Will you join my digital tribe?
Scientists estimate that our planet is roughly 4,54 billion years old. We, mankind, have inhabited this world for roughly 0.01% of the Earth’s life. For an even smaller percentage of ‘earthlife’ we have been able to live on a whole new planet, a virtual one: the internet. People have always created things, objects, tools, art. Archaeologists study the people from the past through their material remains. To reconstruct the immaterial world of thoughts, ideas and concepts they have to rely on physical traces that are left behind in the material world.
A key-concept that is almost as old as mankind itself is property. We could argue that other species share this concept, when defending or marking territory for example, but humans are as far as we know the only species that see property as a transferable entity. As far back as prehistory we can find objects that can be connected to land ownership, like markers in the landscape or burial mounds that appear to connect land to specific families or clans. Often there was a form of trust-based reciprocal economy, where abundant resources were distributed via trading.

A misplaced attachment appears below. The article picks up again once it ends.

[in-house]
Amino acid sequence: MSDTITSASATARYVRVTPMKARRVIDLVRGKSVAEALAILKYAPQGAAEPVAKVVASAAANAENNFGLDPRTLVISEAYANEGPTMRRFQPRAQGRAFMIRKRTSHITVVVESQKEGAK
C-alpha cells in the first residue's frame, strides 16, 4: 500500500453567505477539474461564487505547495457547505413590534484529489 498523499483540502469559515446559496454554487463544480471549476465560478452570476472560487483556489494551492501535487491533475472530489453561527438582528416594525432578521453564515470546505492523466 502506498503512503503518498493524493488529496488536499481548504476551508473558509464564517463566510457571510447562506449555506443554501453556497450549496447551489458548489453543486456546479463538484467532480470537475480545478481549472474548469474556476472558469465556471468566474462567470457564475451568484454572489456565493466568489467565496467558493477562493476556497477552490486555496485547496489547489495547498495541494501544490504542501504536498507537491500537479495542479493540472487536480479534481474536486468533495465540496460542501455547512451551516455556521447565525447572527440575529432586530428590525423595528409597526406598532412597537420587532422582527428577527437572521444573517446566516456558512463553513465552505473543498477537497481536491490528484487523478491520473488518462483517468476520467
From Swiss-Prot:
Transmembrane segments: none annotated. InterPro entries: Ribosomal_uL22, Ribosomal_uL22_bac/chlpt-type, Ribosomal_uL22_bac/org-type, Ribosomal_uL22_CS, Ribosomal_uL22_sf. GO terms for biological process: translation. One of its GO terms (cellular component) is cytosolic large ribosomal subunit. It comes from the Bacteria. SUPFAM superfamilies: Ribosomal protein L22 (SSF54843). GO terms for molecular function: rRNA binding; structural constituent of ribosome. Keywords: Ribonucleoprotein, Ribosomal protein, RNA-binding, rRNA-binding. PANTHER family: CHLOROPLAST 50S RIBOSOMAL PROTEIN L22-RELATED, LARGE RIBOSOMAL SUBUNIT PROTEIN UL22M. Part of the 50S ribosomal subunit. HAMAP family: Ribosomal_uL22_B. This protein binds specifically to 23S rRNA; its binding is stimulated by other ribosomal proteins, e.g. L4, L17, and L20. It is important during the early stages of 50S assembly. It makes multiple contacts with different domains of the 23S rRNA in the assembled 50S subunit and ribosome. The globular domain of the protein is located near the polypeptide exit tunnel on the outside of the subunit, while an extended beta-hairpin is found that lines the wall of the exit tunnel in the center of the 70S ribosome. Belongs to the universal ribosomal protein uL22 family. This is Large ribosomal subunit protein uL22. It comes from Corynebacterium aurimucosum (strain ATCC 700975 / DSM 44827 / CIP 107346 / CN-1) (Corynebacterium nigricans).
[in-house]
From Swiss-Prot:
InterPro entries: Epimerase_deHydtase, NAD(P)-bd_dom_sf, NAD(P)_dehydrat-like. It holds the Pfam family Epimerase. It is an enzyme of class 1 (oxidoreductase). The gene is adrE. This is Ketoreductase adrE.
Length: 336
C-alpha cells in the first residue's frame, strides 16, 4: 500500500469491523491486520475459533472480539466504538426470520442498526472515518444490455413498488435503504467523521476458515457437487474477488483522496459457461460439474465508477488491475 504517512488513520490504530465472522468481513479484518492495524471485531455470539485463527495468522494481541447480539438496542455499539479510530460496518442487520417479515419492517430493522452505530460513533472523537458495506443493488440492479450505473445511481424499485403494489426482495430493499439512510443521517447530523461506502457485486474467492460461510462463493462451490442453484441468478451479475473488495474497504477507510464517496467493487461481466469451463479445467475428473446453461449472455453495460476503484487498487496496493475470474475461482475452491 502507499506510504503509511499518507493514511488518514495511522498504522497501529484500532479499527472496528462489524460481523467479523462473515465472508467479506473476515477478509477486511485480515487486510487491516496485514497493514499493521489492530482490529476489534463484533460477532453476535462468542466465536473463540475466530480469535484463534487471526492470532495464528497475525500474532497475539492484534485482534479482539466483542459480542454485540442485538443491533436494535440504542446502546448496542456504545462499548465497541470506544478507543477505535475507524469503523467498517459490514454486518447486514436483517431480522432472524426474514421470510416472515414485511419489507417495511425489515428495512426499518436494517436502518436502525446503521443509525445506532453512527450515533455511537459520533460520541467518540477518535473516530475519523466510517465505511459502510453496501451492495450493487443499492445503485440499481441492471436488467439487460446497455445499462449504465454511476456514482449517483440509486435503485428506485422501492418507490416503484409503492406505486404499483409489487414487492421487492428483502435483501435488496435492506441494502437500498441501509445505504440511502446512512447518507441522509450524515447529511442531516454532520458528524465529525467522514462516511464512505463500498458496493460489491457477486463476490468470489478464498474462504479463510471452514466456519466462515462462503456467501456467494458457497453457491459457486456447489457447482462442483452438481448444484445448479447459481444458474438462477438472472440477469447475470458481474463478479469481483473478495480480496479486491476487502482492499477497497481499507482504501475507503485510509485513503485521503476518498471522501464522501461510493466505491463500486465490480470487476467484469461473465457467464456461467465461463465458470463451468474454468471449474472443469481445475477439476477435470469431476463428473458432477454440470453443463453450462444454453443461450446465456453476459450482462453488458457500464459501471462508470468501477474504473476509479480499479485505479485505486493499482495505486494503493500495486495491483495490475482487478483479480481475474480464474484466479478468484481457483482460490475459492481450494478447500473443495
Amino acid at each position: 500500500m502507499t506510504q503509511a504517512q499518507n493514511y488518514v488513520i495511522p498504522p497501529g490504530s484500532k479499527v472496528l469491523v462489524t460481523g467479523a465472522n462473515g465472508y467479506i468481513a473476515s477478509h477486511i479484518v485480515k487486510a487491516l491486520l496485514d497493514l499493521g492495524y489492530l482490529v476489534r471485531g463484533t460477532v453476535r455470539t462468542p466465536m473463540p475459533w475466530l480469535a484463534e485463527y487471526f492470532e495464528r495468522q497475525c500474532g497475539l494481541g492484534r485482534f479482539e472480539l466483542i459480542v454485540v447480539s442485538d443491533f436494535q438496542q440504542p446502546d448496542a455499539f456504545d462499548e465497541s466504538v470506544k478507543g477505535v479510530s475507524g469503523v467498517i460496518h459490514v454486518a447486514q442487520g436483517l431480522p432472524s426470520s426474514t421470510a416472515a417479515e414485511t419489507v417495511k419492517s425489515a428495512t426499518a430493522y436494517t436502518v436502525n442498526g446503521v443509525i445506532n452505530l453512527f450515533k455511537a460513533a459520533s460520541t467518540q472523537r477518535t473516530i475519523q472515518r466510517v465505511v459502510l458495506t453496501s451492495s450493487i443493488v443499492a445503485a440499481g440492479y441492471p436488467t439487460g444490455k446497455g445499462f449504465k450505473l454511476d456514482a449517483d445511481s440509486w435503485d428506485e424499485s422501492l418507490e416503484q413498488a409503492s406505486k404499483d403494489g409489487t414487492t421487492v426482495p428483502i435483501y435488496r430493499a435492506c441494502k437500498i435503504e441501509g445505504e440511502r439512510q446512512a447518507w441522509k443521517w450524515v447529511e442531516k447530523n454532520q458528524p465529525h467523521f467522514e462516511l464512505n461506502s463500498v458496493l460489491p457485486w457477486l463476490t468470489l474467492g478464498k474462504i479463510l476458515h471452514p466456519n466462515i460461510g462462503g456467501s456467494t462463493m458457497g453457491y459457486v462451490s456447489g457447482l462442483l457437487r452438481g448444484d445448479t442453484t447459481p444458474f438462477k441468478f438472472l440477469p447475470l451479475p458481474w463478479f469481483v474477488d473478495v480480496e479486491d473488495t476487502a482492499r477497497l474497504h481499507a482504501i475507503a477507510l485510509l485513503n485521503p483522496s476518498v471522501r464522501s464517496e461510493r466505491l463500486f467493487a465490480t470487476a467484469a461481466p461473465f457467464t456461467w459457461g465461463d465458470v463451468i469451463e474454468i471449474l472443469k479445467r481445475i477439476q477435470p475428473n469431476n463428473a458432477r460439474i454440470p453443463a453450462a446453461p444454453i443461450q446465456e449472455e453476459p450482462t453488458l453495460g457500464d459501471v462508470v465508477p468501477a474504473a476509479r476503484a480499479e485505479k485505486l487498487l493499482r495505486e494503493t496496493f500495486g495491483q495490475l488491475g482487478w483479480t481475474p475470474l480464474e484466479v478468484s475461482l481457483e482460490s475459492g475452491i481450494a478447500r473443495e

As exchange networks grew, trading on trust became increasingly complicated.
With a more complex social organization rose the need to minimize transaction costs. And with great power comes great responsibility of course. A growing population induces the need for organization, and institutionalized control. We can see the rise of temple and palace-economies, highly organized loci of trade-power. There grew a need for media of exchange, whether in the shape of a lump of bronze, an ore of grain or even a cow. The Latin word for money, pecunia, actually stems from the word pecus, which means cattle. Here we witness the birth of bureaucracy, and we encounter the long-term effects of that invention on a daily basis.
Although mankind does show the tendency not to learn from past mistakes, and history does repeat itself quite often, it’s not too late! Our physical world is obviously still work in progress and not over (yet). But we have another one, not limited to and by the restrictions of the material world. What if we try to use the lessons learned from our physical world to improve the digital world?
We are able to create our own free tribe in this fairly new virtual world, where proximity and kinship is based on sharing the same values and not limited by geography, time, political background or family-ties. The dream of a digital world where all transactions are free and can take place without the interference of a centralized authority. We can be part of our own virtual tribe!